Student Cites Broad Scope Of Anti-Terrorism Code
A third-year Harvard Law School student recently back from the South African territory of Namibia, said yesterday the South African anti-terrorist law "is so broad that practically any activity can lead to conviction," and that it is "a matter of administrative discretion to decide whom to charge and whom not to."
During a seven month stay in Namibia sponsored by a grant from the Lutheran World Federation, Ralston H. Deffenbaugh investigated the quality of legal defense for those prosecuted under the South African policy of apartheid.
Deffenbaugh plans to write his third-year Law School paper about a case involving six members of the South West Africa People's Organization (SWAPO), a group recognized by the United Nations as the representative of the Namibian people.
The six were arrested under South Africa's Terrorism Act for crimes ranging from allegedly giving $11.50 to an intermediary--who transferred the funds to persons who wanted to overthrow the South African government--to giving a Land Rover to another such intermediary.
Another was accused of providing transportation for persons who allegedly murdered a tribal leader.
Deffenbaugh said some of the witnesses at the trial testified later that the South African government had tortured them. The state's key witness, whom police detained for eight months without trial, was on one occasion denied sleep for a week, and received only two visits from his wife, Deffenbaugh said.
Under the Terrorism Act, the government can incarcerate anyone at the discretion of a minister of justice or of a police official over the rank of lieutenant-colonel, Deffenbaugh added.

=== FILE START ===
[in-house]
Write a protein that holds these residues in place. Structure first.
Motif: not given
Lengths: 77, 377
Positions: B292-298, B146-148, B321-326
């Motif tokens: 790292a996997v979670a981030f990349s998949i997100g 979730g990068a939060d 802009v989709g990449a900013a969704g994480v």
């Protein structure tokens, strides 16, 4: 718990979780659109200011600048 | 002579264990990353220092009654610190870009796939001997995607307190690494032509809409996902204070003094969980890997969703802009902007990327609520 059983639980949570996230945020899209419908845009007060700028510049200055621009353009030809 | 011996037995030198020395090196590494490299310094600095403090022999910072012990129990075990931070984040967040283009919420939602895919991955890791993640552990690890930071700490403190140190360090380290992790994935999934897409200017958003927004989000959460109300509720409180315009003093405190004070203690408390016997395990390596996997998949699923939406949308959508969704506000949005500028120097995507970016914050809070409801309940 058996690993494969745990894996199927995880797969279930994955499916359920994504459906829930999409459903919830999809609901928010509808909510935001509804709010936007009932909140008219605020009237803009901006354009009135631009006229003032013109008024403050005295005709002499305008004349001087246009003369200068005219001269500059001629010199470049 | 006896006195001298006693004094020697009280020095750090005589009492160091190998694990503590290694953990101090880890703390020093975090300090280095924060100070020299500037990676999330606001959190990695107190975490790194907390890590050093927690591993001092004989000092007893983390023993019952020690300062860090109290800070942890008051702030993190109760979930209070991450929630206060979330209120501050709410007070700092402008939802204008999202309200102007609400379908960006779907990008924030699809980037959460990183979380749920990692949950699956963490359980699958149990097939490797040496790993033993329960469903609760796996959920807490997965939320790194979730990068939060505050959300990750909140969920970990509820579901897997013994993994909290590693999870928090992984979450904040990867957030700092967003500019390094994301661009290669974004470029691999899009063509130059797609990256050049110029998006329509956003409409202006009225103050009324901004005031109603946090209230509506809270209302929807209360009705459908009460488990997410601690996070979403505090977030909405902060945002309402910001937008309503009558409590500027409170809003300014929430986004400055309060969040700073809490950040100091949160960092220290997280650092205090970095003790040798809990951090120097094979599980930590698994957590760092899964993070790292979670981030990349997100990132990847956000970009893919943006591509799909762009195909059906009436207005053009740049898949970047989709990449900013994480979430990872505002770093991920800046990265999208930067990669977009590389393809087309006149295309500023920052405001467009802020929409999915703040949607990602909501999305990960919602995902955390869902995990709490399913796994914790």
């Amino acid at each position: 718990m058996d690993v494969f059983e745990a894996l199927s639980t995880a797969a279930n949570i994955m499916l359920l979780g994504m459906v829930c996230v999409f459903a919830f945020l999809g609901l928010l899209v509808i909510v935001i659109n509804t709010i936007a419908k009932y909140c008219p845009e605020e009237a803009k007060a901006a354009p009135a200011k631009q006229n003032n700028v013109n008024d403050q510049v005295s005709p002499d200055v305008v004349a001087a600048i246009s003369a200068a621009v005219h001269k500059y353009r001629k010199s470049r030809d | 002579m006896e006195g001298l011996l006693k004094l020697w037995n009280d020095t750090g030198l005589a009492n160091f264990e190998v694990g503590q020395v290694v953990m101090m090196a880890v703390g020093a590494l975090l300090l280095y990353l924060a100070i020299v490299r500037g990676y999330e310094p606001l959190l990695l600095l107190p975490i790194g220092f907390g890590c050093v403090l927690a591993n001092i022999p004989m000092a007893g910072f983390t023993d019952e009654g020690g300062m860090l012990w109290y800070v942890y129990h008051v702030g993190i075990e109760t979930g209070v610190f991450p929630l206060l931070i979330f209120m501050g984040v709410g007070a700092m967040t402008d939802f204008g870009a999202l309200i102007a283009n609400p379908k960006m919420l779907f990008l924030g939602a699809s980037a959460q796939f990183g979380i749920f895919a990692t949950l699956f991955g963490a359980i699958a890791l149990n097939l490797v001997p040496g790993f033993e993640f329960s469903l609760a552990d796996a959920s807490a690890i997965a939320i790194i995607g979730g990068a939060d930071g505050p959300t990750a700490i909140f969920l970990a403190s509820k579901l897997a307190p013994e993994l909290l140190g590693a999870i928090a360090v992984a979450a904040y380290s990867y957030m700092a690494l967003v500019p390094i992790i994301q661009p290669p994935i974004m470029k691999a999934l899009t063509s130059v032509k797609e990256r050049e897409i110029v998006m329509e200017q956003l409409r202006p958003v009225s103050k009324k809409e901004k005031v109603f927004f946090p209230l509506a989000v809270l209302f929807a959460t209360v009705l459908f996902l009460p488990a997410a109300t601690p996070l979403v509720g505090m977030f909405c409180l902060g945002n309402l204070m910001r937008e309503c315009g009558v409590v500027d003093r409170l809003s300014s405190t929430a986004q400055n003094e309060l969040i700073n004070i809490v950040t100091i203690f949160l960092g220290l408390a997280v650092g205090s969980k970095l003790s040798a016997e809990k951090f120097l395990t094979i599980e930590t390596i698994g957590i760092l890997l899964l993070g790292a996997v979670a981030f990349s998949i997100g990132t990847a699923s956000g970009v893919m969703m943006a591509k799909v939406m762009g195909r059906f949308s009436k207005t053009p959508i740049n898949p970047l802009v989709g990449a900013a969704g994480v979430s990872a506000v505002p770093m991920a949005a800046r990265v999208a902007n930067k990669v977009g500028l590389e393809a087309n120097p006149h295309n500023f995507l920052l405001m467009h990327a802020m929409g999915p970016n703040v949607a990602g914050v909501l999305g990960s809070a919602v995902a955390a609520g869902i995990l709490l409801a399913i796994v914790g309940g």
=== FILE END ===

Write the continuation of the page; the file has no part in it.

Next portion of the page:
He said none of the defendants had been accused of any personal acts of violence. He said the prosecution based its case entirely on circumstantial evidence, but that judges in political cases are "quite willing to believe anything the prosecutors say."
Two of the defendants received sentences ranging from five to seven years, while two other defendants--one allegedly involved in transporting the alleged murderers and the other allegedly involved in the Land Rover deal--were sentenced to death, according to Deffenbaugh.
The jury acquitted the other two defendants, but the case is being appealed.
Deffenbaugh added that this type of case is typical is South Africa, although the sentences were unusually harsh. He said their severity was probably due to growing government insecurity as a result of increasing guerrilla activities in the north and the fall of the once-friendly colonial regimes in neighboring Mozambique and Angola.
The United Nations and South Africa have each claimed that they have jurisdiction over Namibia. This dispute has not been resolved. In the interim, the South African government continues to rule the territory.